Monsieur Chocolat is a good-looking period piece depicting racism in 19th century Paris through the true story of clowning duo Chocolat and Footit.
The lead character from which Monsieur Chocolat takes its title is loosely based on Cuban ex-slave Rafael Padilla (played here by The Intouchables’ Omar Sy), who found fame and fortune in 19th century Paris as the slapstick black fall guy in popular circus clown duo Chocolat and Footit.
The narrative is conventionally structured, tracking the conception and development of the career of Chocolat and Footit in chronologically linear progression. Already accomplished and well-known clown Footit (James Thierree) persuades Rafael to quit a demeaning and poorly paid freak show role as a black savage in a provincial circus and join him in a new duo act. With his own popularity in need of a boost, Footit sees potential in Rafael as his foil and argues that crowds will embrace a Negro clown as a novelty. He turns out to be correct.
Chocolat and Footit enjoy a meteoric rise to stardom in Paris. Footit is the mastermind of their act, which comprises stunts ending inevitably in Chocolat copping a kick in the pants, or similar. While Chocolat quickly establishes himself as the crowd favourite, he is paid much less than Footit.
This is an instance of the racism that was endemic in France at this time – but far worse is to come for Chocolat, including a stint in jail on illegal immigration charges, during which the wardens subject him to torture and beatings. It seems implausible that Chocolat’s profit-orientated circus owner does not act promptly to rescue him from incarceration, since he has become a valuable business asset by this stage.
While inside, Chocolat comes under the influence of an older and wiser black guy, who points out that his circus career, for all its material benefits, still casts him as a whipping boy for the amusement of the white audience.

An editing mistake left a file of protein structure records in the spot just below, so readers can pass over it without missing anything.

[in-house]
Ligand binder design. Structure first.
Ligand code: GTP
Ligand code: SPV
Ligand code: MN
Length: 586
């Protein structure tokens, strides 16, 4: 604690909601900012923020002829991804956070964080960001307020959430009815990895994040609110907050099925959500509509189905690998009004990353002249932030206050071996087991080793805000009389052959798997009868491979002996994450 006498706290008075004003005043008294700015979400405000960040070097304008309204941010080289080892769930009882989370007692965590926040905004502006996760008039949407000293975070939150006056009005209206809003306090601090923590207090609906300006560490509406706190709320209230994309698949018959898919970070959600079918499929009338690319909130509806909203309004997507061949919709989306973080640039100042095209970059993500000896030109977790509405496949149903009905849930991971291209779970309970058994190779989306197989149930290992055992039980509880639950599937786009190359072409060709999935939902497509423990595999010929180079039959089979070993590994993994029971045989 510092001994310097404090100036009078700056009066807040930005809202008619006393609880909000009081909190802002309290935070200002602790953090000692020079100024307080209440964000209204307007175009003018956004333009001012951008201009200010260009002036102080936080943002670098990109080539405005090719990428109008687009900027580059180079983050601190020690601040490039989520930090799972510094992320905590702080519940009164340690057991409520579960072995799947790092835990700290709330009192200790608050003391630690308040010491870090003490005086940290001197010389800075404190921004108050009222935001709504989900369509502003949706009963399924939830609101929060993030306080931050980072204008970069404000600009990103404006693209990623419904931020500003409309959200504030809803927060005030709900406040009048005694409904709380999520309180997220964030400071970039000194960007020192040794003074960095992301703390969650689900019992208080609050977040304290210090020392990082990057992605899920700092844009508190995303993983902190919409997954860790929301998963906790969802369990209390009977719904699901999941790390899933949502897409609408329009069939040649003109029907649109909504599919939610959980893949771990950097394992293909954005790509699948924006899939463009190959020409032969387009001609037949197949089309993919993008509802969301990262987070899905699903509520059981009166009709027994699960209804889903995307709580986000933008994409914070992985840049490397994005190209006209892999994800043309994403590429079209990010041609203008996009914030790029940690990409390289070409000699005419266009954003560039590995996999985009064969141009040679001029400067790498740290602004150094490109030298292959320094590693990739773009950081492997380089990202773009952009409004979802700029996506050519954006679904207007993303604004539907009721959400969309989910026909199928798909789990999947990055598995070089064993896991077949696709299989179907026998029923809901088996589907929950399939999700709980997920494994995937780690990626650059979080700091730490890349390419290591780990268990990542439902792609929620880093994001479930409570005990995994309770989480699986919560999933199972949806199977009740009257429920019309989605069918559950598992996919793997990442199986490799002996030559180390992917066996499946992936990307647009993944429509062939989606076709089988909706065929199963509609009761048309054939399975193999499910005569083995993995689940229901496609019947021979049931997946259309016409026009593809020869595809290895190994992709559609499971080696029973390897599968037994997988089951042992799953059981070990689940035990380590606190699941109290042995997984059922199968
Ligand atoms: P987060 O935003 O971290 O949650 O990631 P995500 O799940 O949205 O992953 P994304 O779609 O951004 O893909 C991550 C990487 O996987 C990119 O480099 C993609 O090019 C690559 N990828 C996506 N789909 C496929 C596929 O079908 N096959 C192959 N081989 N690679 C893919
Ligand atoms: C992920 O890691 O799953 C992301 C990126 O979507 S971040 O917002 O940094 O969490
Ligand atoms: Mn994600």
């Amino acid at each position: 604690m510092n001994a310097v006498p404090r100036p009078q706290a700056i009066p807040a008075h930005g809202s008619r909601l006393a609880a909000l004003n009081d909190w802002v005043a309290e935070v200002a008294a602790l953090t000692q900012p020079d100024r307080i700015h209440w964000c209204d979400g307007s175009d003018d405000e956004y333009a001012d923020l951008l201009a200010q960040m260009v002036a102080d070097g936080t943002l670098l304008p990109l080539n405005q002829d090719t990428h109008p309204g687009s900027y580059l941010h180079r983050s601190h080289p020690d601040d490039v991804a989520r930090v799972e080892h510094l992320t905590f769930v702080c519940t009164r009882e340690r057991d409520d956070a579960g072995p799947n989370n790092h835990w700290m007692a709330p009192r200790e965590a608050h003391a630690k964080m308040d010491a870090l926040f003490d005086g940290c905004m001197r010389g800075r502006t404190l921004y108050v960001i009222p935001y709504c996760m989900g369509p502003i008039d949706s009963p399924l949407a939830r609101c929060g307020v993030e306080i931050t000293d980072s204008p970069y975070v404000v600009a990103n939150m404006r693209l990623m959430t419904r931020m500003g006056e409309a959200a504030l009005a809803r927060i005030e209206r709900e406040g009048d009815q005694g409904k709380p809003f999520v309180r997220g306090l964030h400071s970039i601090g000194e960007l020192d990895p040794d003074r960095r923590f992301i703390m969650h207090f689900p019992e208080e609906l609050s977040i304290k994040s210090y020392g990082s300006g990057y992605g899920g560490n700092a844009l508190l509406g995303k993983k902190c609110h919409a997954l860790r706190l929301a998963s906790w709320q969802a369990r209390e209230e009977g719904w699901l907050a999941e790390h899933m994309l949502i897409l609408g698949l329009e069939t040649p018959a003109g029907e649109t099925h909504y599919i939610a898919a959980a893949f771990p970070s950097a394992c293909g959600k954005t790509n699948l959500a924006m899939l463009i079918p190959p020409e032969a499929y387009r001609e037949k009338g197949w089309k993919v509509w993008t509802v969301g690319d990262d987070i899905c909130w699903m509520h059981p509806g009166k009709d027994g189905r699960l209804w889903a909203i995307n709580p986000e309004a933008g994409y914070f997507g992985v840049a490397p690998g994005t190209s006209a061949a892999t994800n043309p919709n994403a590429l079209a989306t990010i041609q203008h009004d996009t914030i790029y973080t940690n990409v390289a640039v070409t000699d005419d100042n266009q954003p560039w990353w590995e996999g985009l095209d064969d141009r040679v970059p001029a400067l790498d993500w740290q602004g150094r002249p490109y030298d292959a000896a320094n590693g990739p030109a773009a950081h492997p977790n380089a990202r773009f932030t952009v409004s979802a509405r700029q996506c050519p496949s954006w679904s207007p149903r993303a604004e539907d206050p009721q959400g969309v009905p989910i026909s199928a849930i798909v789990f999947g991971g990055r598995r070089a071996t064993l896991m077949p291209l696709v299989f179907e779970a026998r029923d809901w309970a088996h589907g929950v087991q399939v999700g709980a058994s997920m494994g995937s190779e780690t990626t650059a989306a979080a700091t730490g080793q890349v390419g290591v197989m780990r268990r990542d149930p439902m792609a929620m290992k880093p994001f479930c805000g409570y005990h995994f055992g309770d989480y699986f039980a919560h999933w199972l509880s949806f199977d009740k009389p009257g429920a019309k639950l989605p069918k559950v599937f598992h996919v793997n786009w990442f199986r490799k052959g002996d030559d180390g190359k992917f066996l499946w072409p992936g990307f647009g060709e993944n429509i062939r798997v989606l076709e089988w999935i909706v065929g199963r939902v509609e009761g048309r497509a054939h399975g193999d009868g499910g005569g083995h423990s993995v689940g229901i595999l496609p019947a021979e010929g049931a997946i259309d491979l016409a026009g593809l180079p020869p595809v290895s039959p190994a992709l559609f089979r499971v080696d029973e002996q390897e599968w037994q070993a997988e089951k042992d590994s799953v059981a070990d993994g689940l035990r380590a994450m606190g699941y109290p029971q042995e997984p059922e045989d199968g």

This sows the seed for the eventual demise of the duo, which comes during a performance when Chocolat departs from script in a dramatic statement of self-empowerment that has the crowd wildly applauding. It’s a nice irony that Footit preaches incorporating the unexpected in his clowning, yet has never dared to subvert audience expectations as audaciously as Chocolat does here.
Reclaiming his real name, Rafael marries a widowed doctor’s wife, and decides to pursue a stage career. With the assistance of his wife he is improbably (actually, ludicrously) offered the role of Othello in a major theatre production in Paris. It came as no surprise to learn in my post-viewing research that this never happened. The exercising of poetic license is a given in a biopic, but the dramatic value of fictional enhancement is undone if it does not ring true in the context of the narrative.
The combination of soul-destroying racism and Rafael’s seeking refuge in drinking, laudanum consumption and gambling exacts a fearful toll, which sets him on a riches to rags trajectory. The tears of a clown, indeed…
The most interesting aspects of the film are the period and its socio-cultural setting, and the circus routines of Chocolat and Footit. James Thierree demonstrates some of the showmanship and flair of his legendary grandfather, Charlie Chaplin, with some frenetic and inventive clowning, and Omar Sy charms as the hapless sidekick. For all their panache, however, their circus act is allotted too much screen time and wears a bit thin.
The most significant shortcoming of the film, though, is the characterisation. There’s just not enough to Chocolat/Rafael to emotionally engage us (the flashing forward decades of the conclusion doesn’t help, either). Truth to tell, the dark and brooding Footit, whose sexuality is tantalisingly ambiguous, presents as the more interesting character, but we are never let in on what makes him tick.
A quick tip. Don’t make my mistake of leaving when the credits start to roll (a compelling call of nature was to blame, not an impatience to leave the cinema). I’m told there is some footage of the actual Chocolat and Footit right at the end that is well worth catching.
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